Major changes are coming to the recycling program carried out by the Thompson-Nicola Regional District, including the closure of the municipal recycling depots in Ashcroft and Cache Creek.
They follow recent changes enacted by the Chinese government, which has traditionally received two-thirds of North American recyclables.
China is now banning all but the cleanest, most tidily separated and organized bales of recyclable material, and is completely banning some types. Processing fees for recyclables have nearly tripled in the past eight months, and the TNRD’s processor has been forced to stop accepting mixed recyclables altogether.
The TNRD—which has recently been accepted into the Recycle BC program—must now convert from its current single-stream (mixed) recycling program to a multi-stream recycling program that requires separation at the drop-off point at all solid waste facilities.
Source-separated recycling is much less contaminated, and therefore more marketable in the constantly-changing recycling market.
As a result of joining Recycle BC, the TNRD will cease supporting the operation of the municipal recycling depots in Ashcroft and Cache Creek as of August 31, 2018. A Recycle BC depot operated by the TNRD will be put in place at the Cache Creek Transfer Station to serve residents of the area.
“The current recycling system—one big giant bin—is not sustainable,” says Jamie Vieira, the TNRD’s manager of environmental services. “The recycling currently being collected from Ashcroft is being stockpiled in a warehouse in Pritchard that is almost filled to the ceiling.
“No committed processor is willing to take it. We’re trying to avoid sending it to a landfill, but if the warehouse fills up we’ll have to landfill it.”
One of the reasons that mixed recycling is unsustainable, says Vieira, is because “It’s difficult to get people to follow the rules. We’ve always had high contamination rates, but it’s a real problem now.
“It was accepted until now, but it’s not accepted anymore. [The new model] is more work, but we’ll be doing it right. It’s not recycling if you’re not doing it right.”
The new model will feature clearly labelled bins showing what is—and is not—accepted for recycling, with an attendant on hand to ensure that the rules are being followed. “The biggest source of contamination is from the municipal recycling depots and curbside-collected recycling. This is to be expected, as there is no one monitoring what goes in the bin.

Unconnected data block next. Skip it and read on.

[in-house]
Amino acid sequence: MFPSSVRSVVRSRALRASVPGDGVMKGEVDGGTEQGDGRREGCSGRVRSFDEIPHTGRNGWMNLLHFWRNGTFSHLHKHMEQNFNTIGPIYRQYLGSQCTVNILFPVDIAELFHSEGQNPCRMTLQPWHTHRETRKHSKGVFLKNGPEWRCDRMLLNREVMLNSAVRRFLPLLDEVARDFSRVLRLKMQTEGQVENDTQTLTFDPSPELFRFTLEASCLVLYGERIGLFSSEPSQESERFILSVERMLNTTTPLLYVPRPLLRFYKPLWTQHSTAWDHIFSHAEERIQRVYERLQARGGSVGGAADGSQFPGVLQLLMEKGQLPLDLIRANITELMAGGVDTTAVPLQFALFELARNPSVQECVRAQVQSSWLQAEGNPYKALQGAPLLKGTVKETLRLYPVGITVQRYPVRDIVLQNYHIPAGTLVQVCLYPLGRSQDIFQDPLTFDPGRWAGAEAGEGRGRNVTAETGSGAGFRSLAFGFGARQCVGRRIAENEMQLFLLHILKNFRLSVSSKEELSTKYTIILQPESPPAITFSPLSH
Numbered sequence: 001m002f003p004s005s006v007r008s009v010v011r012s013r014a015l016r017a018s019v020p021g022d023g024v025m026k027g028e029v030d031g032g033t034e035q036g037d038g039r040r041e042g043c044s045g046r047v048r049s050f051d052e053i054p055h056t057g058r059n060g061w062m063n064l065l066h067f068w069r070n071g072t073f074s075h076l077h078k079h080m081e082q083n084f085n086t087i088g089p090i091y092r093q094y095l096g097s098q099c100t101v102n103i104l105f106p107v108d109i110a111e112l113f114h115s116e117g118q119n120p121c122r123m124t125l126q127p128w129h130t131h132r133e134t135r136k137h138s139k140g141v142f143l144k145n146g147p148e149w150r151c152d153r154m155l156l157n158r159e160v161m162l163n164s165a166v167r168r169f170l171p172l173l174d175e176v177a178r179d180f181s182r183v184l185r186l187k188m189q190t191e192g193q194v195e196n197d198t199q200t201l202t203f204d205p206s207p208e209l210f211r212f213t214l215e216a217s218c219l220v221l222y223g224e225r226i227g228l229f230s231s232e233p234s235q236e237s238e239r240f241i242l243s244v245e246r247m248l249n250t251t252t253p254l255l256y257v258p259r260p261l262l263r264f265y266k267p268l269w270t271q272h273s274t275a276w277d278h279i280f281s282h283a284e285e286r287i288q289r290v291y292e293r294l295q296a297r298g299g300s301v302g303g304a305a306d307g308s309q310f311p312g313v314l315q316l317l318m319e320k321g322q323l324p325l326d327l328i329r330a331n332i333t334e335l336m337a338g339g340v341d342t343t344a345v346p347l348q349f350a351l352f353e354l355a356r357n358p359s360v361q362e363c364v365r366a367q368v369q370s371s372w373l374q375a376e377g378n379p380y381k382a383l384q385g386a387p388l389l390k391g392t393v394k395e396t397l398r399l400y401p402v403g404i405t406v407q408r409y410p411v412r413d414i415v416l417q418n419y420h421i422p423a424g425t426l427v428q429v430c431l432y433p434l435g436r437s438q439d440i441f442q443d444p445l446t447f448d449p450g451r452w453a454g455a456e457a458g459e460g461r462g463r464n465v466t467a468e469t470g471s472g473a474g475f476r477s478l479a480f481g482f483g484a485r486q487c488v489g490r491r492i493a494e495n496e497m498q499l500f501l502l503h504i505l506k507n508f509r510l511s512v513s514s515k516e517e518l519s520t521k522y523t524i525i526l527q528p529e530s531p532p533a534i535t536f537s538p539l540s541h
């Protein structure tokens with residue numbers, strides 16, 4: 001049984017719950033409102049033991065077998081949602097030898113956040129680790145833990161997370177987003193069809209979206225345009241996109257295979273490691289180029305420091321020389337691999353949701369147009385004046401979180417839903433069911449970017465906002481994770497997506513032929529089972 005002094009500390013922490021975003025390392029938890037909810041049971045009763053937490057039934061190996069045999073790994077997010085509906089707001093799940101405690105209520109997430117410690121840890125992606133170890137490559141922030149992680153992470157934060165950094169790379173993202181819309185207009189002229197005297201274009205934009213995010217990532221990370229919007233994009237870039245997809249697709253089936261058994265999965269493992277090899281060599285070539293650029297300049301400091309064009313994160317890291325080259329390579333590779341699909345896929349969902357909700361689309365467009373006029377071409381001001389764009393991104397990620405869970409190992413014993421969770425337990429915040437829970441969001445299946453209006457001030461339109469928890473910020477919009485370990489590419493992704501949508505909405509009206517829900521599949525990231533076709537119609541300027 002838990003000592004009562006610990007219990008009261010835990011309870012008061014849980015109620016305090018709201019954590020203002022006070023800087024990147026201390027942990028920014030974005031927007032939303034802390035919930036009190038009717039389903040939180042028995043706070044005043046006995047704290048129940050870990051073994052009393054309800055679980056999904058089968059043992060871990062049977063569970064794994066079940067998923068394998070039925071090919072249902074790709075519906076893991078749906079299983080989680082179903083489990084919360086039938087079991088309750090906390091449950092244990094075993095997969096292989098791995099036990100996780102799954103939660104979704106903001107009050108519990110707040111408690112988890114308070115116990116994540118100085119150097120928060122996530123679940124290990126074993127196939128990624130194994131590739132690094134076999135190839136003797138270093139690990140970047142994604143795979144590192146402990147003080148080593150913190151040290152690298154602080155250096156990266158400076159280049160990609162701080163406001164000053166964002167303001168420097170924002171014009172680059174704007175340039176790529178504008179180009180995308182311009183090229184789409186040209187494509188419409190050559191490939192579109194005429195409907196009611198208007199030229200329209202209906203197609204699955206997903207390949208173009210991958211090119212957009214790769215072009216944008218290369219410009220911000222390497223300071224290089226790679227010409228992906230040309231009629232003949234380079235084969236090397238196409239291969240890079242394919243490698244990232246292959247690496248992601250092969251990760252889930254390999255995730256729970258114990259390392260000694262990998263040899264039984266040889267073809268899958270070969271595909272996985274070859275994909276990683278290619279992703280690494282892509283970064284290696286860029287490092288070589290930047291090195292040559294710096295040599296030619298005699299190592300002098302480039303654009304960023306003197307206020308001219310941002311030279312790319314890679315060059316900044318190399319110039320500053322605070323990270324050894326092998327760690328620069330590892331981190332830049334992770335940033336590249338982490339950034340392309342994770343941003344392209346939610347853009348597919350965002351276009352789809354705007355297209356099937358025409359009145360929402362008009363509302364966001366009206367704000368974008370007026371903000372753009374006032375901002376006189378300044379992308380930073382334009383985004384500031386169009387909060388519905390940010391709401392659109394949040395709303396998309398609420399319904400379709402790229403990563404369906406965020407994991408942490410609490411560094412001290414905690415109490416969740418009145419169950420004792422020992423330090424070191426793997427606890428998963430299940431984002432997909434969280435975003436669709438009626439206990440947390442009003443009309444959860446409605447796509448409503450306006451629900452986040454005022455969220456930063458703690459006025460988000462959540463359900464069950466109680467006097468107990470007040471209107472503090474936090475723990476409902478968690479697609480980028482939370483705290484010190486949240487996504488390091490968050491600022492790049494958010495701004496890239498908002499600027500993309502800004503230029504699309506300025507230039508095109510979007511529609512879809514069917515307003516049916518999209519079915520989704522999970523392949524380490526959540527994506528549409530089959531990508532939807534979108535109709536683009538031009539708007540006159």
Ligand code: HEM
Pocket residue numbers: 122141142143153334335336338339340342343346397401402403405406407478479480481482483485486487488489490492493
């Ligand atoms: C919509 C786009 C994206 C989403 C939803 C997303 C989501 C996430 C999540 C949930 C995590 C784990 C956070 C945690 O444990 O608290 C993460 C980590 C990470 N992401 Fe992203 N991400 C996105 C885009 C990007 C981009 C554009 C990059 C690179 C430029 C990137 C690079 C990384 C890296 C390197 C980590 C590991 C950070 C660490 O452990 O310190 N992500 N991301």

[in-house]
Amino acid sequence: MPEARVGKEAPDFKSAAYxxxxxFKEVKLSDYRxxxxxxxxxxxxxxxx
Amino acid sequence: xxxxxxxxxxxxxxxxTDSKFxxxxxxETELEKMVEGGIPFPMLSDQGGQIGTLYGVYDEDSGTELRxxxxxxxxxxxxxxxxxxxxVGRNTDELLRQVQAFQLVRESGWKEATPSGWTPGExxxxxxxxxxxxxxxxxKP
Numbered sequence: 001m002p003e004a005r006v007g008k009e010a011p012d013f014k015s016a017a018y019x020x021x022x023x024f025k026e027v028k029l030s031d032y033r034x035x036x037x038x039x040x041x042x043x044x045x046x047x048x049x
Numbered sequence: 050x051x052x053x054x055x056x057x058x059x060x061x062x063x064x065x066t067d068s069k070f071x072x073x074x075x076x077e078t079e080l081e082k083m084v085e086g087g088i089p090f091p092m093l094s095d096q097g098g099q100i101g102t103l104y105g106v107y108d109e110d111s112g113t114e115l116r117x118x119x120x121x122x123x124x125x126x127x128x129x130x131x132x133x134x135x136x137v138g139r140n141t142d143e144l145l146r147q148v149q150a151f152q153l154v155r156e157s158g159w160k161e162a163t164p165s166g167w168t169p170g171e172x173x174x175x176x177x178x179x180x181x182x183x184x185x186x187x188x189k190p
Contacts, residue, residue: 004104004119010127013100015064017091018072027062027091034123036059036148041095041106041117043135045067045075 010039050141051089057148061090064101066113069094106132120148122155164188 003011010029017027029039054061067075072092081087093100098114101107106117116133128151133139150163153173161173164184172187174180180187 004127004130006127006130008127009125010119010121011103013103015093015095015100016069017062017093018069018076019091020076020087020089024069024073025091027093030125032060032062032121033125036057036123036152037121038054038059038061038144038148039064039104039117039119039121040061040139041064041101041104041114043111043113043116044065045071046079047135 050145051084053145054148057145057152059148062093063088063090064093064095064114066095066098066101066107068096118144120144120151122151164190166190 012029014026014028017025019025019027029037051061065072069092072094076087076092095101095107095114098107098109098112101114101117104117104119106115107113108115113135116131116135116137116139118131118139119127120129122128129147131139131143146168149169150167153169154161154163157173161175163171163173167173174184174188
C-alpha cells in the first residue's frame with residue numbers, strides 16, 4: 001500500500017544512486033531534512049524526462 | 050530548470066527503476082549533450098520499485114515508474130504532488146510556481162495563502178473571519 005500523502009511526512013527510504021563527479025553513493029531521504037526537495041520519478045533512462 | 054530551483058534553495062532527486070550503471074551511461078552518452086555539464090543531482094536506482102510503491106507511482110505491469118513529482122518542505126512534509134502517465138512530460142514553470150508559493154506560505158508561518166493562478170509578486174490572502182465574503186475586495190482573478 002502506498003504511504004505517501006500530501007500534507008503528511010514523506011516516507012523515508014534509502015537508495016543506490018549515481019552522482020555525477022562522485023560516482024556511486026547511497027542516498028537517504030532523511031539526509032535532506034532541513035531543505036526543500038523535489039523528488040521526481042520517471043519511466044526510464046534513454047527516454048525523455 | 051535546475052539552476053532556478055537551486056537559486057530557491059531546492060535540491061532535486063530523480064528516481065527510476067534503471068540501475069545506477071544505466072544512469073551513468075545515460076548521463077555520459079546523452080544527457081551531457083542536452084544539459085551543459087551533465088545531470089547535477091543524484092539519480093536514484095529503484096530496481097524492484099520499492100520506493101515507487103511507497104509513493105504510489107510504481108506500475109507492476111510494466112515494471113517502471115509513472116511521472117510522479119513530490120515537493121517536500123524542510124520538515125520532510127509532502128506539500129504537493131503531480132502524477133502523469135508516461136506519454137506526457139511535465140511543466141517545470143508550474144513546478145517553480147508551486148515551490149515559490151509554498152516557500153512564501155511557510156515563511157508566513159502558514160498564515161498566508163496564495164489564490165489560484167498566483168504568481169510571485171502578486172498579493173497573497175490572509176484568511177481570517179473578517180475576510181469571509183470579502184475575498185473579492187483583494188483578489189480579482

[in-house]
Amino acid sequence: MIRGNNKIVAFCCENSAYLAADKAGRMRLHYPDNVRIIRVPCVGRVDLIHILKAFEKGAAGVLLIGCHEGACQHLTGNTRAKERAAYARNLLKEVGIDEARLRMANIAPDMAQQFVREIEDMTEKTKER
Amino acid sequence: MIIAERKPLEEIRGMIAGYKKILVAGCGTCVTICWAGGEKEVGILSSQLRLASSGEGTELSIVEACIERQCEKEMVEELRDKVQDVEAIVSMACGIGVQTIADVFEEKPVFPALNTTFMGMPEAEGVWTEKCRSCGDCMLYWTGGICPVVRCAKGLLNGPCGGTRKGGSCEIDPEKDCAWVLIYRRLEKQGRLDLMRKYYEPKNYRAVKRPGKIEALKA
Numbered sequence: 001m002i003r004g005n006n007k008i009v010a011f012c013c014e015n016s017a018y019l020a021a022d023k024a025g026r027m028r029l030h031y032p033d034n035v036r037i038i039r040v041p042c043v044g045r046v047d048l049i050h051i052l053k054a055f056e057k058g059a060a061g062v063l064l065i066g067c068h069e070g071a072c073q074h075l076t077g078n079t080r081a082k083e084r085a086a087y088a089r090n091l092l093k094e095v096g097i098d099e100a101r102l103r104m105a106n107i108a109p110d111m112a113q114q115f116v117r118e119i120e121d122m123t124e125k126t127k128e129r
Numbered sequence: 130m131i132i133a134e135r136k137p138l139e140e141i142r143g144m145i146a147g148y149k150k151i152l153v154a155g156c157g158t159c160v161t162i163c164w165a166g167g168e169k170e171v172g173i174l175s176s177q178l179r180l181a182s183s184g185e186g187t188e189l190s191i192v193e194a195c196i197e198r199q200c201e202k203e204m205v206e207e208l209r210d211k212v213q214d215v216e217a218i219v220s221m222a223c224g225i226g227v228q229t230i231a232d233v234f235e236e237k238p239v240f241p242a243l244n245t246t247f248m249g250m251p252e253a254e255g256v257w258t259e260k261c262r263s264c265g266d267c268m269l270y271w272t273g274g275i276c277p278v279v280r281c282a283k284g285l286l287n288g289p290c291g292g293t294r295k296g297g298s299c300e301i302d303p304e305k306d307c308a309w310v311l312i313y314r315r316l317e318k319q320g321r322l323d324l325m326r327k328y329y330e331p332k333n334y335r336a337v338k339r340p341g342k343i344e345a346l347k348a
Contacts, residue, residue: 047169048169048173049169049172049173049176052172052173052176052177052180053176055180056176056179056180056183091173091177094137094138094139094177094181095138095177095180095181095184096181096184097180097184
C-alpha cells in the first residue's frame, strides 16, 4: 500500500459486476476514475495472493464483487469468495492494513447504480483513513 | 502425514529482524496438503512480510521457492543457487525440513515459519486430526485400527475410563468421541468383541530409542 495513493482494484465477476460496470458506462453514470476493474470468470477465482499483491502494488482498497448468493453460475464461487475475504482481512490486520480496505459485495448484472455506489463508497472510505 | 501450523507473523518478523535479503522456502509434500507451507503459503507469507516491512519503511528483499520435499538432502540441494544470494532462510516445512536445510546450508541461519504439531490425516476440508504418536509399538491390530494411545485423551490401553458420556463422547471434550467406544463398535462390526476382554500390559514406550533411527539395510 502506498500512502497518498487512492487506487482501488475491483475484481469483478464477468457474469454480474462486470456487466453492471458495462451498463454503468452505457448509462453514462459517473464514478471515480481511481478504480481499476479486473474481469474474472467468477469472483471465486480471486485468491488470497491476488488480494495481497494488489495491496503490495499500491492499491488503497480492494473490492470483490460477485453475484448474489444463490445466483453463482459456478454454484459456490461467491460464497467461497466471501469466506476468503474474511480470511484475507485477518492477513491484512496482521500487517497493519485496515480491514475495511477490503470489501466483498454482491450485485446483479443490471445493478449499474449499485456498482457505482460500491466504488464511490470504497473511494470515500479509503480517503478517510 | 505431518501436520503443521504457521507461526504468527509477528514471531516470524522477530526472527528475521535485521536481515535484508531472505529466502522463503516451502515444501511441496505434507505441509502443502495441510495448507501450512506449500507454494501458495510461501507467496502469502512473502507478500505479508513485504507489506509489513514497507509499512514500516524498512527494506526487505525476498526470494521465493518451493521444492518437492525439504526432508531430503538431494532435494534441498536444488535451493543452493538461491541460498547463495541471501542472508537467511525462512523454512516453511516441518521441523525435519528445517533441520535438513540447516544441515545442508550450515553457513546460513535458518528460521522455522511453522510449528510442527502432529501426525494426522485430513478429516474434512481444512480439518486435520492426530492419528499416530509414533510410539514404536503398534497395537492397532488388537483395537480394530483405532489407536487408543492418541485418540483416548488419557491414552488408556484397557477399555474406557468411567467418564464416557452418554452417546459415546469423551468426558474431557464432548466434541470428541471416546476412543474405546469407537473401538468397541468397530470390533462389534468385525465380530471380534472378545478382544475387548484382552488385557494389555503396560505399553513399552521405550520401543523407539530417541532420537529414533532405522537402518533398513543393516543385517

“If it’s not on the sign, it’s not accepted,” adds Vieira, noting that one problem until now has been what he calls “wish-cycling”: “People want something to be, or wish something was, recyclable, like garden hoses or broken plates.” Despite these items not being recyclable, people put them in the bins anyway.
Another issue is people not cleaning their recyclables. “A peanut butter jar is recyclable, but not if it hasn’t been cleaned. And people recycle things in the wrong spot. If a bin is heavily contaminated then Recycle BC won’t take it, and we can be fined if they find contamination.” Vieira notes, however, that once the switch is made to the new system, Recycle BC is responsible for the TNRD’s recycling.
“They come in to the official depot and collect it, and then it’s theirs. It will save the TNRD about $600,000 a year, mostly in hauling fees.”
Vieira adds that the TNRD has budgeted for the building of a full service Eco Depot and Transfer Station between Ashcroft and Cache Creek, probably on Highway 1. “It will be a better site with more services, able to take things like used oil, paint, and electronics. It will cover about 90 per cent of the things you can think of.
“We’re in the planning stage and looking at sites, and hoping for construction and opening in 2019/20. We’ve always had it on the books to do something more permanent.”